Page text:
Japanese figure skating icon Daisuke Takahashi formally opened a new chapter in his storied career on Friday, making his ice dance debut at the ISU Grand Prix’s NHK Trophy with partner Kana Muramoto.

The pair finished second in rhythm dance in a field reduced to just three couples as this season’s Grand Prix events have become regional events due to travel difficulties during the coronavirus pandemic. Misato Komatsubara and Tim Koleto won the rhythm dance with 70.76 points to Takahashi and Muramoto’s 64.15.

The 34-year-old Takahashi was the first Japanese men’s skater to win an Olympic medal and a world championship, accomplishing both in 2010. He retired after the 2014 Sochi Olympics but made a dramatic comeback in the 2018-2019 season before announcing he would switch from singles to ice dance for this season.

“Relatively speaking, I was relaxed today. I was more psyched up than nervous. I’m still not quite used to this environment,” Takahashi said after the pair got a standing ovation for a routine that made up in energy what it lacked here and there in polish.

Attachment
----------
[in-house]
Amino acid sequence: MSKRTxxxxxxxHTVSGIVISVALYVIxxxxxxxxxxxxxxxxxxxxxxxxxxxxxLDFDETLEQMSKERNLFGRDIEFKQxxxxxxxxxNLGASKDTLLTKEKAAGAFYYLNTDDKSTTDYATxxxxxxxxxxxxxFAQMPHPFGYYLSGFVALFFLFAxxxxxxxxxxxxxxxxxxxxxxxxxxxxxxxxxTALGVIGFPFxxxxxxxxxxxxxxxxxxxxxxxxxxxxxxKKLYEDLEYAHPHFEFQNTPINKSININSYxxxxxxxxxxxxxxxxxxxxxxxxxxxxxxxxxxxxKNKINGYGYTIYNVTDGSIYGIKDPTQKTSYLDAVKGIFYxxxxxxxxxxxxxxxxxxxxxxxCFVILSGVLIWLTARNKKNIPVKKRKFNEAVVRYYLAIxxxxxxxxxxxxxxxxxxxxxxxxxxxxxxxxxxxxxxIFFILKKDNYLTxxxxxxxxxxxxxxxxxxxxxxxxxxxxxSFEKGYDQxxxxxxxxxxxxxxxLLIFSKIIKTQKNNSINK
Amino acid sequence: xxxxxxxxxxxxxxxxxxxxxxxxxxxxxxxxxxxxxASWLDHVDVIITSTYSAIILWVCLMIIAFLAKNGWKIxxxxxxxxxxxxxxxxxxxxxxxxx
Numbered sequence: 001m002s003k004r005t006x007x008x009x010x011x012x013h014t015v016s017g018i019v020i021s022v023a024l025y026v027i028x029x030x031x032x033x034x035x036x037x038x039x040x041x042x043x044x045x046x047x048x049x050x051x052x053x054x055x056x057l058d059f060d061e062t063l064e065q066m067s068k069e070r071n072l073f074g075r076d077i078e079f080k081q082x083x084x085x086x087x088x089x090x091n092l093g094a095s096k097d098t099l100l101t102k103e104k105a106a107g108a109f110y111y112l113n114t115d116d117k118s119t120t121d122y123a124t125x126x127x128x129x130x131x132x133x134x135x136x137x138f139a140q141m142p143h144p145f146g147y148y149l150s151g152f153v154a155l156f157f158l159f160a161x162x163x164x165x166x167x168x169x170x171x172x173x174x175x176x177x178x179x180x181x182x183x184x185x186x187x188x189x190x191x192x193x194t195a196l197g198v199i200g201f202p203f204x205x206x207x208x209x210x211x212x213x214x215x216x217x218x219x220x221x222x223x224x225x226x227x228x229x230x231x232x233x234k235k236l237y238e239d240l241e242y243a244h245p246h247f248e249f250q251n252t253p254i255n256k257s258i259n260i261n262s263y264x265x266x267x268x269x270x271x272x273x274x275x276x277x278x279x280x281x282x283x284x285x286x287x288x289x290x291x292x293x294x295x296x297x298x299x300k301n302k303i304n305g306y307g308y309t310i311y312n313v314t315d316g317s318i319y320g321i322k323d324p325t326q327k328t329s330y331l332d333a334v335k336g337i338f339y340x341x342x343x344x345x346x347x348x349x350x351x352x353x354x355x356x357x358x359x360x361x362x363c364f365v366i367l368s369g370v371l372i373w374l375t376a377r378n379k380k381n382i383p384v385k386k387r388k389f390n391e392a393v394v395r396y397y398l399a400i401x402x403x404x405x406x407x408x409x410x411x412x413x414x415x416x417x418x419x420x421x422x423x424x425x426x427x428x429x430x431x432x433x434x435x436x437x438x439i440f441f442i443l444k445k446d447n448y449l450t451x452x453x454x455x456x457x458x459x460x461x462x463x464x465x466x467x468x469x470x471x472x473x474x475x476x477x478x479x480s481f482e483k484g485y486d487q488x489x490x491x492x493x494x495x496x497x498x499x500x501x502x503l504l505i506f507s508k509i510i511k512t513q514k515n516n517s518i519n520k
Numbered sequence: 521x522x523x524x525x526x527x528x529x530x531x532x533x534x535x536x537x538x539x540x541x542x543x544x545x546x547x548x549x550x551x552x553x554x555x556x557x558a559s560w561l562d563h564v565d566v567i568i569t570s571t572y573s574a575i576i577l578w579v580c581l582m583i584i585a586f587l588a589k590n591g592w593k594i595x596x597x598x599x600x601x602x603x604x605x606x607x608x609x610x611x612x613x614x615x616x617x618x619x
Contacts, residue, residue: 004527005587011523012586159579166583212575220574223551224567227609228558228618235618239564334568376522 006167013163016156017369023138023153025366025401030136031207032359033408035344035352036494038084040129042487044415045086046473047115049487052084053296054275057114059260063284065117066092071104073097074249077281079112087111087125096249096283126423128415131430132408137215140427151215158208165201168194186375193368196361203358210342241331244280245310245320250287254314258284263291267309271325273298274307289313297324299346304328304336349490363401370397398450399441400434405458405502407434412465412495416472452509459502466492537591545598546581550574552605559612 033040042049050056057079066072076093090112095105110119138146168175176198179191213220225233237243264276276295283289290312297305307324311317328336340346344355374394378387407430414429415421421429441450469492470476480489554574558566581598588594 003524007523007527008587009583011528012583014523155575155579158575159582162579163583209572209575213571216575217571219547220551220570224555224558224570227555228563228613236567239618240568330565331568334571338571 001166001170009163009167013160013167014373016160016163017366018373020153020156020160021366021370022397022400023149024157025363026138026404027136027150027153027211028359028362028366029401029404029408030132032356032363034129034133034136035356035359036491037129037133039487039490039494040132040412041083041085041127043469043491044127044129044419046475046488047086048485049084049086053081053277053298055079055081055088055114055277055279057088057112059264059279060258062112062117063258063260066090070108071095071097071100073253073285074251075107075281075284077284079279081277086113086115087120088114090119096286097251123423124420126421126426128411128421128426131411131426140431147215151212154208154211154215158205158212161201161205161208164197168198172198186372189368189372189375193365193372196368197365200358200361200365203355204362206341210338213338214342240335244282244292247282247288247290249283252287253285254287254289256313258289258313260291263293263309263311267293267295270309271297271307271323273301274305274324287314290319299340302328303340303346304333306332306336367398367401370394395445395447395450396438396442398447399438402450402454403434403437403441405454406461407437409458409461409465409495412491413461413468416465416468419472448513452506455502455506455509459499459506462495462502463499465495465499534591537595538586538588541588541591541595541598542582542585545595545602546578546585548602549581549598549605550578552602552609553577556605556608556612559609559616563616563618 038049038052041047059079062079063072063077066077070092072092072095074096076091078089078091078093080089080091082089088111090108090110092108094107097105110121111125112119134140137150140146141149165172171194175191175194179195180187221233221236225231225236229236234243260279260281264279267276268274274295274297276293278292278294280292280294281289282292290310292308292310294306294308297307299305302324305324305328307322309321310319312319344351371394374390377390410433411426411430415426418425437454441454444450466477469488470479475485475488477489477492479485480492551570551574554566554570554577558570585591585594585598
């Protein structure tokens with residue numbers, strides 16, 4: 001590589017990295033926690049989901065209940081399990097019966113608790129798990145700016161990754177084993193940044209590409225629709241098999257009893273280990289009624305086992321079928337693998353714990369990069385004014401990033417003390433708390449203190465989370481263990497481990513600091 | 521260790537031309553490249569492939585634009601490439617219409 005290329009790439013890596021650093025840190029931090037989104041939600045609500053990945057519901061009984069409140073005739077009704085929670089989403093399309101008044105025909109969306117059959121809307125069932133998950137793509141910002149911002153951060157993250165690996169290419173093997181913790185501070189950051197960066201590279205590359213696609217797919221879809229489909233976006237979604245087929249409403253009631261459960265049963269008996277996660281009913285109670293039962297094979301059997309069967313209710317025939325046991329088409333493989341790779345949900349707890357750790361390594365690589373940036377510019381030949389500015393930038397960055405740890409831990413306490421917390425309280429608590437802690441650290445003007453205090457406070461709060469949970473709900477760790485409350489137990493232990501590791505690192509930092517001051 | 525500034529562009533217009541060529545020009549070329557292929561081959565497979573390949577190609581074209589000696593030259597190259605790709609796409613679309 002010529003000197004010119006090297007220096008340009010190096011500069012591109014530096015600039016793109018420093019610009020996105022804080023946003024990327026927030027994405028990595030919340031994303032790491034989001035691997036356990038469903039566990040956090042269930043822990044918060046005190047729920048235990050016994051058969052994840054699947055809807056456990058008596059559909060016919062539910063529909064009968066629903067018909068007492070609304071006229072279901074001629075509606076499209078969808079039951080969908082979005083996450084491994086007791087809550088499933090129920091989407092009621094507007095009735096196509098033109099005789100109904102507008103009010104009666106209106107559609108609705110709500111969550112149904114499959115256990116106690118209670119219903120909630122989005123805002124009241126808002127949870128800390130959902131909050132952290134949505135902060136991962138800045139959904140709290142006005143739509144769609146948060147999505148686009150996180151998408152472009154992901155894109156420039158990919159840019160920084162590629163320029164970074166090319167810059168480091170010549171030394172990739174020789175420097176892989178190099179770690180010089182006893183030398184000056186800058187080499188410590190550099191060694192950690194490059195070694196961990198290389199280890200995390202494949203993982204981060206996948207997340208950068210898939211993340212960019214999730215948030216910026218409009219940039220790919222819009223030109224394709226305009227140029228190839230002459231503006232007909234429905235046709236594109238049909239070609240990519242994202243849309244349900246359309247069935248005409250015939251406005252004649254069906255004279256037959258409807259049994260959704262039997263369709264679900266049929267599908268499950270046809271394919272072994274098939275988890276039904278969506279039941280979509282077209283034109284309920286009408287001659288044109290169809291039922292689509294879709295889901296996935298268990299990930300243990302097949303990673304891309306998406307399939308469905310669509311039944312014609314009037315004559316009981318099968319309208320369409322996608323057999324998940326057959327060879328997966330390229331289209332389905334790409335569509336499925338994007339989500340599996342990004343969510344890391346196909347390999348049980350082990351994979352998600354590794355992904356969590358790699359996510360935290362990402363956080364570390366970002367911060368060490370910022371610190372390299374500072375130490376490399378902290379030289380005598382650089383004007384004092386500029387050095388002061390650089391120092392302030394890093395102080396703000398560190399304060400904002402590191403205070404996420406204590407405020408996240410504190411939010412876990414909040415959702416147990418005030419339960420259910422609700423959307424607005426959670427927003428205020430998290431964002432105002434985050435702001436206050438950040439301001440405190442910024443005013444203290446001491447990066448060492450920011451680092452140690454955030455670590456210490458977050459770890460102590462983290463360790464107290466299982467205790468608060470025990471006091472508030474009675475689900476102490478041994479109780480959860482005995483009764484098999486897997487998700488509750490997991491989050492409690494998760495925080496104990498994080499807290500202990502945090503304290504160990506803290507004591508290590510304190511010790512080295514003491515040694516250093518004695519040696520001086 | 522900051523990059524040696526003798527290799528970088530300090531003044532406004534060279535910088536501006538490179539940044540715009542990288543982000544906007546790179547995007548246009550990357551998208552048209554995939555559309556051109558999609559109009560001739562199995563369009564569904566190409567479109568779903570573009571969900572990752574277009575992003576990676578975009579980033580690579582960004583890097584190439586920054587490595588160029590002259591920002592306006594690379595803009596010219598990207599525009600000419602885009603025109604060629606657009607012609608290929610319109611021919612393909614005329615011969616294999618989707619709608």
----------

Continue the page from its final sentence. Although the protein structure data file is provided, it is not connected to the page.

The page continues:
“His lifts were a little on the dangerous side,” Muramoto said with a laugh in their post-skate interview.

Having gotten his feet wet, Takahashi said he was looking forward to the second day of competition in Saturday’s free dance.

“Tomorrow, I expect to be calmer,” he said. “The idea is not to exceed what we’ve practiced but to believe in the process and execute what we’ve trained to do. It should be fun.”

Kaori Sakamoto won the women’s short program in a field comprised of 11 Japanese and 16-year-old You Young, a four-time South Korean champion, who finished at the bottom.

Sakamoto scored 75.60 points in an error-free program despite admitting to a bad case of nerves.

“It was my first competition in so long, and I was extremely nervous,” Sakamoto said. “Performing in front of fans made it feel like things are really back.”

Later in the evening, another skater marked a career milestone as 17-year-old Yuma Kagiyama won the men’s short program in his senior Grand Prix debut, scoring 87.26 to finish ahead of veteran Japanese compatriot Kazuki Tomono in second, and another senior debutant, Lucas Tsuyoshi Honda, in third.

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